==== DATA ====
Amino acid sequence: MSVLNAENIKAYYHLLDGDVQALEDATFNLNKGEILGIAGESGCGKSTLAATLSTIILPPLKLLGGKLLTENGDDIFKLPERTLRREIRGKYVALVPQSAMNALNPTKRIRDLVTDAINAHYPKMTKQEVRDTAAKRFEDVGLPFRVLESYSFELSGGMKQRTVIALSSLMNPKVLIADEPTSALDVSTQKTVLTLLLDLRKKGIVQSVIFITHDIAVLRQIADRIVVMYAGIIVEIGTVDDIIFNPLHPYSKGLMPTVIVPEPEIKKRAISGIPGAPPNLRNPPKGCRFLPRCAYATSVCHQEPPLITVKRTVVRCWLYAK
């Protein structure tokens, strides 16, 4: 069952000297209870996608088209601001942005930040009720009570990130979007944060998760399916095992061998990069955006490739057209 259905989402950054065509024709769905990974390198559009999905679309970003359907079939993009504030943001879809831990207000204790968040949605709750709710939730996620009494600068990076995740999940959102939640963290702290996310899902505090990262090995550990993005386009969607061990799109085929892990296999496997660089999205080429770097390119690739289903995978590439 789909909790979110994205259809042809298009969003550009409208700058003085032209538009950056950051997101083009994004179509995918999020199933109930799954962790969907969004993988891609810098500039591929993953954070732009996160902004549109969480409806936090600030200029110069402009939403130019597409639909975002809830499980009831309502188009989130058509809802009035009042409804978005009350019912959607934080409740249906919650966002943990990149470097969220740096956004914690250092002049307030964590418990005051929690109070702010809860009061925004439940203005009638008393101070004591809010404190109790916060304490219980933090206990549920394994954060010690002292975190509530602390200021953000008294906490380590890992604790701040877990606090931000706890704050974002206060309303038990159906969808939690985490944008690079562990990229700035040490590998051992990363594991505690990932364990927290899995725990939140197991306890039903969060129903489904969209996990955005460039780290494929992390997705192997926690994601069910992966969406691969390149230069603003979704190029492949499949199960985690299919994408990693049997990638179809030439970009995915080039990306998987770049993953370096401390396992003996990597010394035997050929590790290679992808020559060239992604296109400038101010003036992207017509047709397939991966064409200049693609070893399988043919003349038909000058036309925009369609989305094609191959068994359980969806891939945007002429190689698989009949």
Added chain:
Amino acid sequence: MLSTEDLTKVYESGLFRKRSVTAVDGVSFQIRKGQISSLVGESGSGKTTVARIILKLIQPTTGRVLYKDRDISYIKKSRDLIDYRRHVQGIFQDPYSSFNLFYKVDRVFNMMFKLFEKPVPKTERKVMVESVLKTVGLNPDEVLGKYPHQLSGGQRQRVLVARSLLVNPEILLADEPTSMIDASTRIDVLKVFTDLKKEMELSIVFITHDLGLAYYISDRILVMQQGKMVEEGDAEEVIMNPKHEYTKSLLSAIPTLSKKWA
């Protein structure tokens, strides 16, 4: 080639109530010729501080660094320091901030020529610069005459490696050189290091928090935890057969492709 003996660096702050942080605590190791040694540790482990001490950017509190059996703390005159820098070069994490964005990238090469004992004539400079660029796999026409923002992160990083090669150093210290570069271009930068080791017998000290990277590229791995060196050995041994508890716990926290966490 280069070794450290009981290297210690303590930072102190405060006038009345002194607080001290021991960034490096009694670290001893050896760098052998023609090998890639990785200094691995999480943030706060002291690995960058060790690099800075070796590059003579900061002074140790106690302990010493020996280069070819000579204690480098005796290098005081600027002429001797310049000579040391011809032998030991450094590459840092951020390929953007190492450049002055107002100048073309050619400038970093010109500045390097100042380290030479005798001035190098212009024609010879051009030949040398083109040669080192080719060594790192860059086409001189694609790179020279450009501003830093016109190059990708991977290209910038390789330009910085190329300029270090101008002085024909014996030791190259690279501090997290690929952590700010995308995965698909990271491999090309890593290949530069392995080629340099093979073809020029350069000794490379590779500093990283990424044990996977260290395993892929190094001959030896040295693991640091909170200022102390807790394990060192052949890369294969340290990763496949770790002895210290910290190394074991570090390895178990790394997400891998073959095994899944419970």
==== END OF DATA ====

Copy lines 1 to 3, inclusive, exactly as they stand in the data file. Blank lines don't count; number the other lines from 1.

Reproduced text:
Amino acid sequence: MSVLNAENIKAYYHLLDGDVQALEDATFNLNKGEILGIAGESGCGKSTLAATLSTIILPPLKLLGGKLLTENGDDIFKLPERTLRREIRGKYVALVPQSAMNALNPTKRIRDLVTDAINAHYPKMTKQEVRDTAAKRFEDVGLPFRVLESYSFELSGGMKQRTVIALSSLMNPKVLIADEPTSALDVSTQKTVLTLLLDLRKKGIVQSVIFITHDIAVLRQIADRIVVMYAGIIVEIGTVDDIIFNPLHPYSKGLMPTVIVPEPEIKKRAISGIPGAPPNLRNPPKGCRFLPRCAYATSVCHQEPPLITVKRTVVRCWLYAK
């Protein structure tokens, strides 16, 4: 069952000297209870996608088209601001942005930040009720009570990130979007944060998760399916095992061998990069955006490739057209 259905989402950054065509024709769905990974390198559009999905679309970003359907079939993009504030943001879809831990207000204790968040949605709750709710939730996620009494600068990076995740999940959102939640963290702290996310899902505090990262090995550990993005386009969607061990799109085929892990296999496997660089999205080429770097390119690739289903995978590439 789909909790979110994205259809042809298009969003550009409208700058003085032209538009950056950051997101083009994004179509995918999020199933109930799954962790969907969004993988891609810098500039591929993953954070732009996160902004549109969480409806936090600030200029110069402009939403130019597409639909975002809830499980009831309502188009989130058509809802009035009042409804978005009350019912959607934080409740249906919650966002943990990149470097969220740096956004914690250092002049307030964590418990005051929690109070702010809860009061925004439940203005009638008393101070004591809010404190109790916060304490219980933090206990549920394994954060010690002292975190509530602390200021953000008294906490380590890992604790701040877990606090931000706890704050974002206060309303038990159906969808939690985490944008690079562990990229700035040490590998051992990363594991505690990932364990927290899995725990939140197991306890039903969060129903489904969209996990955005460039780290494929992390997705192997926690994601069910992966969406691969390149230069603003979704190029492949499949199960985690299919994408990693049997990638179809030439970009995915080039990306998987770049993953370096401390396992003996990597010394035997050929590790290679992808020559060239992604296109400038101010003036992207017509047709397939991966064409200049693609070893399988043919003349038909000058036309925009369609989305094609191959068994359980969806891939945007002429190689698989009949």
Added chain: